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AB0740 The frequency of occult hepatitis b infection in rheumatic diseases and the role of anti-hbc test in routine practice
  1. S. Yilmaz1,
  2. K. Sener2,
  3. I. Simsek1,
  4. M. Cinar1,
  5. R. Gumral2,
  6. H. Erdem1,
  7. A. Kubar2,
  8. S. Pay1
  1. 1Division Of Rheumatology
  2. 2Department of Microbiology, Gulhane School Of Medicine, Ankara, Turkey


Background Most of the drugs used in rheumatic diseases suppress the immune system, especially corticosteroids and anti-TNF agents, therefore may cause reactivation in patients with hepatitis B virus (HBV). Studies have shown that HBV reactivation due to immunosuppression is not a case only in patients with chronic HBV infection, but also in patients with occult diseases. The presence of HBV DNA in liver tissue and/or in serum in the absence of detectable hepatitis B surface antigen (HBsAg) is called occult HBV infection. Evidence is accumulating that HBV is present in patients who are HBsAg negative, but have antibody to hepatitis B core antigen (anti-HBc) Therefore, guidelines recommend that anti-HBc IgG tests should be added to HBsAg and anti-HBs tests before initiation of immunosuppressive therapy.

Objectives In the present study we aimed to determine the prevalence of occult HBV infection in patients receiving immunosuppressive agents and examine the role of anti-HBc as a screening test for occult infection in Turkish patients with rheumatic diseases.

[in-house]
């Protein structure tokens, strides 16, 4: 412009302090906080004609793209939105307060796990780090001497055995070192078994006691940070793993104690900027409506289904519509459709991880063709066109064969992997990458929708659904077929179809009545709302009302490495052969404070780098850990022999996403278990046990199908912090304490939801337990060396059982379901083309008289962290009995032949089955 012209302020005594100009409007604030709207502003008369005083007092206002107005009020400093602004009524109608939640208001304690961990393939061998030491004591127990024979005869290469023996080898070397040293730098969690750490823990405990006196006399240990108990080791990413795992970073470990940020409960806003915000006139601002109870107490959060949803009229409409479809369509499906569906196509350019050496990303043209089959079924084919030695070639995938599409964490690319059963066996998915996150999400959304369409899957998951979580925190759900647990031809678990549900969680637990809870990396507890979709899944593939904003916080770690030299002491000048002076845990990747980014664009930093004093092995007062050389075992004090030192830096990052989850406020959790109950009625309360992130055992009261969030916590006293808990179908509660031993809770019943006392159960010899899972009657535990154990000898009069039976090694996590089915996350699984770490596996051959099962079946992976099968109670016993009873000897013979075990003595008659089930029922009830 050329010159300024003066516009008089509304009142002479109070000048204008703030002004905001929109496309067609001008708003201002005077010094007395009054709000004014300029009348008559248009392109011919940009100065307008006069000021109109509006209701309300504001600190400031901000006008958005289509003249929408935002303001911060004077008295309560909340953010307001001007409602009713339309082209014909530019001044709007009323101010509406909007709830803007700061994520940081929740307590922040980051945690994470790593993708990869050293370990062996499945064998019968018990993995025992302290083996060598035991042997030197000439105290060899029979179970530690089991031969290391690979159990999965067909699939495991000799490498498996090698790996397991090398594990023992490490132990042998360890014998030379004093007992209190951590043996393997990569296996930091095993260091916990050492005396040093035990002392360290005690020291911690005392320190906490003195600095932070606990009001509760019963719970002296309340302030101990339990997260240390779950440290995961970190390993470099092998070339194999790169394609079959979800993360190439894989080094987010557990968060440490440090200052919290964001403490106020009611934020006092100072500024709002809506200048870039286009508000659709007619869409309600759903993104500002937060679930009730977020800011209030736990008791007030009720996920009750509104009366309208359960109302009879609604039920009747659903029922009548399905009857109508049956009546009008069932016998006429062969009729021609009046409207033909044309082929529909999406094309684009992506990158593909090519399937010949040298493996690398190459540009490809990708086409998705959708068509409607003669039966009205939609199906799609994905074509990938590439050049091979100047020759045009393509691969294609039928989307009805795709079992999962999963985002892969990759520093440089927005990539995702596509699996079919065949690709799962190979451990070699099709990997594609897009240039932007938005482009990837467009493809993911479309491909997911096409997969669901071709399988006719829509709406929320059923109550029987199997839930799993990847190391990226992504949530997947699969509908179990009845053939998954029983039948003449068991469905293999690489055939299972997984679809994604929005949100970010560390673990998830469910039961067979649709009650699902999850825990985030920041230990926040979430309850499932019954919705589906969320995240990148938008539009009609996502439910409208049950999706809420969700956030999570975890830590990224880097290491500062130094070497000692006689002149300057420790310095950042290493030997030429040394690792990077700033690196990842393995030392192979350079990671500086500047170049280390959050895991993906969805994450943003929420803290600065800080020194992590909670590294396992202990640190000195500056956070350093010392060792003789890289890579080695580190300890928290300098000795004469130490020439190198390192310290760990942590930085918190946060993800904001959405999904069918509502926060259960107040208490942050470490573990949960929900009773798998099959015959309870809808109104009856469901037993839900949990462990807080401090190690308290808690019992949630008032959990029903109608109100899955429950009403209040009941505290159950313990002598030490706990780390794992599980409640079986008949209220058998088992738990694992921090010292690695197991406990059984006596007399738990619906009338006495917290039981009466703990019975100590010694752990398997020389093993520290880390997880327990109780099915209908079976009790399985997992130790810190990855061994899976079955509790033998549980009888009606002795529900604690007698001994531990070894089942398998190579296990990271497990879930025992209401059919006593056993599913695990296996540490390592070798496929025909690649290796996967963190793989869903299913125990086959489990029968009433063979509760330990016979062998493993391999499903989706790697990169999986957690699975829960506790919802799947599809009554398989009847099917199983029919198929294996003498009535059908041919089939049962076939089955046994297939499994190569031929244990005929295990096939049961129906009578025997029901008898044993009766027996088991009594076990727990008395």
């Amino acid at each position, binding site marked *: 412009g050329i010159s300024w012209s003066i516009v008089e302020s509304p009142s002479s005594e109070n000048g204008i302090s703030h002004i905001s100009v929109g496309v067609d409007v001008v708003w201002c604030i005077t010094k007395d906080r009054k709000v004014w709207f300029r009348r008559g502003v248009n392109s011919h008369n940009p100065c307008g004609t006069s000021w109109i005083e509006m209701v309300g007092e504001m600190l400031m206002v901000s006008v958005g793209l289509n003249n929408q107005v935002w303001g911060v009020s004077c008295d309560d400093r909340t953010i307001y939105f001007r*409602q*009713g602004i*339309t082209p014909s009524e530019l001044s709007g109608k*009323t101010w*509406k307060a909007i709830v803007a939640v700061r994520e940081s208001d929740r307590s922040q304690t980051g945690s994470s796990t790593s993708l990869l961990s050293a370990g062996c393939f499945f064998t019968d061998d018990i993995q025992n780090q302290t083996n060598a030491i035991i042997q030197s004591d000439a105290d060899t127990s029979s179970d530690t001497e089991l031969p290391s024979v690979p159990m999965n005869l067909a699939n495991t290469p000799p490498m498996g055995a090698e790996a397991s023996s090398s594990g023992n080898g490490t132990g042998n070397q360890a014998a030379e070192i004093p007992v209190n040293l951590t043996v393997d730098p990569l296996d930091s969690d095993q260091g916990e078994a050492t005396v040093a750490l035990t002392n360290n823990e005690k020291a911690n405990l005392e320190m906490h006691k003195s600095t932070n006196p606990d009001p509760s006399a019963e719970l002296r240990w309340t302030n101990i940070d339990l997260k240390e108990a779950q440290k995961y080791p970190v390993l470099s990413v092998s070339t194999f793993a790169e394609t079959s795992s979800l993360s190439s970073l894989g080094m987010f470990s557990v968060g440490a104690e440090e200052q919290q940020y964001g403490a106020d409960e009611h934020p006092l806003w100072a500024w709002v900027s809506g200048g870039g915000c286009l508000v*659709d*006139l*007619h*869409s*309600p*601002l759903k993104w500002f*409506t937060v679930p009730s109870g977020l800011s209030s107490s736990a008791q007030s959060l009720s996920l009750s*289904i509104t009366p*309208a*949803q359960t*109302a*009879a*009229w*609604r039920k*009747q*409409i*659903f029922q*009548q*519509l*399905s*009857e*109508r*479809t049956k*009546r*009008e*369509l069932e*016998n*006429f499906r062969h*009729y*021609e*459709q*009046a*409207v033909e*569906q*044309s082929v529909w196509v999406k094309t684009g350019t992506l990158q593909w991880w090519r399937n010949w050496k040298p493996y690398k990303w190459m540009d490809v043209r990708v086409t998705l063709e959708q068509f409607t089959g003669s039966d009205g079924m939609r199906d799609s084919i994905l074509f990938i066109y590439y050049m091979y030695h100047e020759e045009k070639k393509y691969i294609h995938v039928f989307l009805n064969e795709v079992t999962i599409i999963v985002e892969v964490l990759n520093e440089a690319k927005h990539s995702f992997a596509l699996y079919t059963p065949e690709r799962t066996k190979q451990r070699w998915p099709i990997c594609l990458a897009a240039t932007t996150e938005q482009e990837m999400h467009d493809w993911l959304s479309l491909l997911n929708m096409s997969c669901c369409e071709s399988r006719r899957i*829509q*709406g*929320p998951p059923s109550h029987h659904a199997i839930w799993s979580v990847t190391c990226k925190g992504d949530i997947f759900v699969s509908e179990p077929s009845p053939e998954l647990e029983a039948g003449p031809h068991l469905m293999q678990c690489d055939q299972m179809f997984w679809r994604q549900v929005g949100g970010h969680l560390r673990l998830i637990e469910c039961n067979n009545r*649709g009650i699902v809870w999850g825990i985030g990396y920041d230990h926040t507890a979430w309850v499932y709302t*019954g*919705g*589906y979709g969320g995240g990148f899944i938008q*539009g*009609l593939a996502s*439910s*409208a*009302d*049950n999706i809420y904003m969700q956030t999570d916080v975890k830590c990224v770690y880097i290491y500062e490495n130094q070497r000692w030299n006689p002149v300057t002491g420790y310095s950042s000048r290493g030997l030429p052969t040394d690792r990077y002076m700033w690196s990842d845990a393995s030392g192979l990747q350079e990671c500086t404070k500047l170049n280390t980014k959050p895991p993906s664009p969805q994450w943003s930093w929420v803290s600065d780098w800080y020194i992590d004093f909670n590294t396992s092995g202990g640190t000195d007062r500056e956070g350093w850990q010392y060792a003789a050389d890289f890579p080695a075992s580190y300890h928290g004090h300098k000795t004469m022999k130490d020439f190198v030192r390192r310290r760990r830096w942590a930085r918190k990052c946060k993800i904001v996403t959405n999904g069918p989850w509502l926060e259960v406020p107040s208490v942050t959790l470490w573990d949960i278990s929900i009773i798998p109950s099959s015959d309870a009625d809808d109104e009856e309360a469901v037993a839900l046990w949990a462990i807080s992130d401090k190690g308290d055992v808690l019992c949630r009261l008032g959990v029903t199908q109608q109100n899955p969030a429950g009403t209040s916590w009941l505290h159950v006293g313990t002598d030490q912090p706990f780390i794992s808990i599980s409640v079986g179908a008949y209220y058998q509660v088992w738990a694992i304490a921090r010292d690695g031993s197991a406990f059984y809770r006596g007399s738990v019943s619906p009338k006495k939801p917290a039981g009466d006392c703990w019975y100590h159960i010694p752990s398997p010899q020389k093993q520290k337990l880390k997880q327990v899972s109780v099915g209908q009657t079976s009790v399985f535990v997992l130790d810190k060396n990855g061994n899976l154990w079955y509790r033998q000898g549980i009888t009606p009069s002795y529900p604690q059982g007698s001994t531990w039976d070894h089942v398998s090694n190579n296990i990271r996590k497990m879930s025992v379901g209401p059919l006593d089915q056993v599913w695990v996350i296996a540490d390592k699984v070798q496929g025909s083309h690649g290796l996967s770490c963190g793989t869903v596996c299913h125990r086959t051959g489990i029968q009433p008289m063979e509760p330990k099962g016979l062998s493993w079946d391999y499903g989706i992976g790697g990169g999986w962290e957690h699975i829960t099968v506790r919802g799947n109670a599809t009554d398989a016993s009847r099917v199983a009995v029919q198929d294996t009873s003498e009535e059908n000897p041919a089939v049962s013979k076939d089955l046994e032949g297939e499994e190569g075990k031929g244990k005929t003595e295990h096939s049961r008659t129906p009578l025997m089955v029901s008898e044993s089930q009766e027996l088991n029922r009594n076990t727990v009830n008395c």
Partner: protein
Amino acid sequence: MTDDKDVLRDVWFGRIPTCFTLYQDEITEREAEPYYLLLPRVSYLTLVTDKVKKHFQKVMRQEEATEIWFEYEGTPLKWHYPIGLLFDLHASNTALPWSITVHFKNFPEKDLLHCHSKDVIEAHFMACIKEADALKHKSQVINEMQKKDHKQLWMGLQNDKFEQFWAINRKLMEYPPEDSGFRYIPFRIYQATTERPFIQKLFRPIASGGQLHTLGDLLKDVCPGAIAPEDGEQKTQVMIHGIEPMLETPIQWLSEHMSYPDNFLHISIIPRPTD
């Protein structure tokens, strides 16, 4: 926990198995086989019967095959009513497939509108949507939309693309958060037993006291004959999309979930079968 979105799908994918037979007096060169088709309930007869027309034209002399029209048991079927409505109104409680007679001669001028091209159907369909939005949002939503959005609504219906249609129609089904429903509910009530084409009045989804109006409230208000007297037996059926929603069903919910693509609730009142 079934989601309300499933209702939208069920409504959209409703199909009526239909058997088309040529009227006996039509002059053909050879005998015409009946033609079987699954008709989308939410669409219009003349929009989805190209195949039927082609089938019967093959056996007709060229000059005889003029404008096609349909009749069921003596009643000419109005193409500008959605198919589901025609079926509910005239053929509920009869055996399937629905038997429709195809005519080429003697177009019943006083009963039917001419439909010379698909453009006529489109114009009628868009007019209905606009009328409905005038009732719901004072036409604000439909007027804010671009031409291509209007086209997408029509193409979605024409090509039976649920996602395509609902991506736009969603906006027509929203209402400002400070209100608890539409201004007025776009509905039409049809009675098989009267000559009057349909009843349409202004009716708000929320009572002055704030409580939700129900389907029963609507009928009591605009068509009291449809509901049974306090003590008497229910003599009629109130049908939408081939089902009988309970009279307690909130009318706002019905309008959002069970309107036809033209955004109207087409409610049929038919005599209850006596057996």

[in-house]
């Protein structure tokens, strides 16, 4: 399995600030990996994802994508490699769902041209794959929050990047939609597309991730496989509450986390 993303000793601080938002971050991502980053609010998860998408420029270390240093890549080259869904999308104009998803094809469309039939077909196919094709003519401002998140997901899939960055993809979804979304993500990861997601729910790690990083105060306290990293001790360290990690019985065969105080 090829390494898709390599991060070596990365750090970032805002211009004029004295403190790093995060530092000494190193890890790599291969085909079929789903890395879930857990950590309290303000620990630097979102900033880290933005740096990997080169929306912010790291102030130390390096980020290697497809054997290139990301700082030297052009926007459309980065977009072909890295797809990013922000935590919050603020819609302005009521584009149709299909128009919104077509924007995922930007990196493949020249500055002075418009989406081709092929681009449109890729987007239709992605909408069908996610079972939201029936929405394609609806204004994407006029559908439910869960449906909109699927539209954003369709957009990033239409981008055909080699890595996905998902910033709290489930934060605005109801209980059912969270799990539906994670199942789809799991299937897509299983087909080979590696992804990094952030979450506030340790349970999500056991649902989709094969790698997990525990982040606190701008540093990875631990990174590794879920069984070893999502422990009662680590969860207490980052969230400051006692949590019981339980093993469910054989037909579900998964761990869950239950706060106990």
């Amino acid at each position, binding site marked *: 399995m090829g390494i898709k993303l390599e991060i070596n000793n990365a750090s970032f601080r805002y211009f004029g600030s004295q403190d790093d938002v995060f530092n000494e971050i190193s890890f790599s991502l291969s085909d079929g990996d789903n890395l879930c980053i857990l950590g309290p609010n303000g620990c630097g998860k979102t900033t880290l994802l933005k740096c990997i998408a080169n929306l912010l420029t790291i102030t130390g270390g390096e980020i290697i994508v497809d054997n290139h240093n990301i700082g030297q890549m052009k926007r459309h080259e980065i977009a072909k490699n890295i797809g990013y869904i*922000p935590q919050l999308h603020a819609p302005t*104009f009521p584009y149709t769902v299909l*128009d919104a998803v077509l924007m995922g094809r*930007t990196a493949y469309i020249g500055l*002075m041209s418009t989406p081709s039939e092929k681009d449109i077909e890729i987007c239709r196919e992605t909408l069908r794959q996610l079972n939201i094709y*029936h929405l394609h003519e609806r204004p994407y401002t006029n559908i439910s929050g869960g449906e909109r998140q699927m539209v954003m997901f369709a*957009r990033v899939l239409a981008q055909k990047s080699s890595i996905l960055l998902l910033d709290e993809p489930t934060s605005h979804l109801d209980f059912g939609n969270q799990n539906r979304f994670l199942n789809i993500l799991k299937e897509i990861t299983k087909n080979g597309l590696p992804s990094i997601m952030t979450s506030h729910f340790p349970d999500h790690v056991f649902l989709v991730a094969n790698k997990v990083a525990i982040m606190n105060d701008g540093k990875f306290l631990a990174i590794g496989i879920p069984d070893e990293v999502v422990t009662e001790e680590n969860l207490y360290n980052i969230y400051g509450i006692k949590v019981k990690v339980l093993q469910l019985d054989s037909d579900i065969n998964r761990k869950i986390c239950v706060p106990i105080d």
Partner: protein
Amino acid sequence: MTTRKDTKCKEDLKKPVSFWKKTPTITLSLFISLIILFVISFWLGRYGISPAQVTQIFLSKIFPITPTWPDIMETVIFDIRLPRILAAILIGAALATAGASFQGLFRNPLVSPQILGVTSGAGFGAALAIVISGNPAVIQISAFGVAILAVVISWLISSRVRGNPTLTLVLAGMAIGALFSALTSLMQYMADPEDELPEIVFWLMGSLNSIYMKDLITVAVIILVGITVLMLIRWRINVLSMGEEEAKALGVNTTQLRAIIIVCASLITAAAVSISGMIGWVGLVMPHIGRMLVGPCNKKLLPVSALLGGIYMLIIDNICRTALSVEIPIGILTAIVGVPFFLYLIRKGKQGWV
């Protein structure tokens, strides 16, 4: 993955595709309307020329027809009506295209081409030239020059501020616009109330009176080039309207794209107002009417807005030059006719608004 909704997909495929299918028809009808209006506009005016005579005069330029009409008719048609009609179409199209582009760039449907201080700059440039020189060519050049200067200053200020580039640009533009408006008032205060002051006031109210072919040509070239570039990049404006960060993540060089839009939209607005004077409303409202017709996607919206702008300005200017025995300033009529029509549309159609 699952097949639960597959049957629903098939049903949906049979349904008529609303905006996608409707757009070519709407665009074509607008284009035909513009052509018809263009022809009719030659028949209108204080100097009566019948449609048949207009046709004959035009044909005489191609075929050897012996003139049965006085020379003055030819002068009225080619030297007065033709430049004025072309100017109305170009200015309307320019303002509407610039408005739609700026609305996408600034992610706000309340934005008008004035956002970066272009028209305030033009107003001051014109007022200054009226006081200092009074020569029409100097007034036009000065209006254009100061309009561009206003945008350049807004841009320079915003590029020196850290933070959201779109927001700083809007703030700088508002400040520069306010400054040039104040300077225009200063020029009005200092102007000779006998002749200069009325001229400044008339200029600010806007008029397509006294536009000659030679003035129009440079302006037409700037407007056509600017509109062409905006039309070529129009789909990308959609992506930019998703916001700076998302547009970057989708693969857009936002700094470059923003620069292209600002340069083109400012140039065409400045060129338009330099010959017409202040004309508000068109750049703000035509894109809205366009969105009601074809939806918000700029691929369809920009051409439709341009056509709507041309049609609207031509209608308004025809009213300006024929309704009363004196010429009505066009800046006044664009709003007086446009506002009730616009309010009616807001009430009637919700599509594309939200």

Methods Consecutive patients using immunosuppressive agents for rheumatic diseases seen in rheumatology outpatient clinic and who are negative for HBsAg were included. The demographic features, received treatment in last 3 months and liver function tests of all patients were recorded. HBsAg, Anti-HBs and anti-HBc IgG tests were studied in all participants along with the quantification of HBV-DNA by real-time PCR.

Results Total 116 patients included to the study (59 spondylarthritis, 39 romatoid arthritis, and 18 others). The demographic features and received treatment in last 3 months were presented in Table 1. In this HBsAg negative group, 27 patients (23%) were found to be positive for anti-HBc IgG. In this subgroup, 19 patients were anti-HBs Ab positive while isolated anti-HBc IgG positivity were detected in other 8 patients. None of the patients was found as HBV-DNA positive.

Conclusions Since none of our patients with isolated anti-HBc positivity had detectable levels of HBV-DNA in their serum, using anti-HBc test for screening seems not to be justified. While our results suggest that prevalence of occult HBV infection is ignorable among patients with rheumatic diseases in Turkey, considering the preliminary feature of our results (target study population is 300) full results should be waited to reach such a definite conclusion.

Disclosure of Interest None Declared

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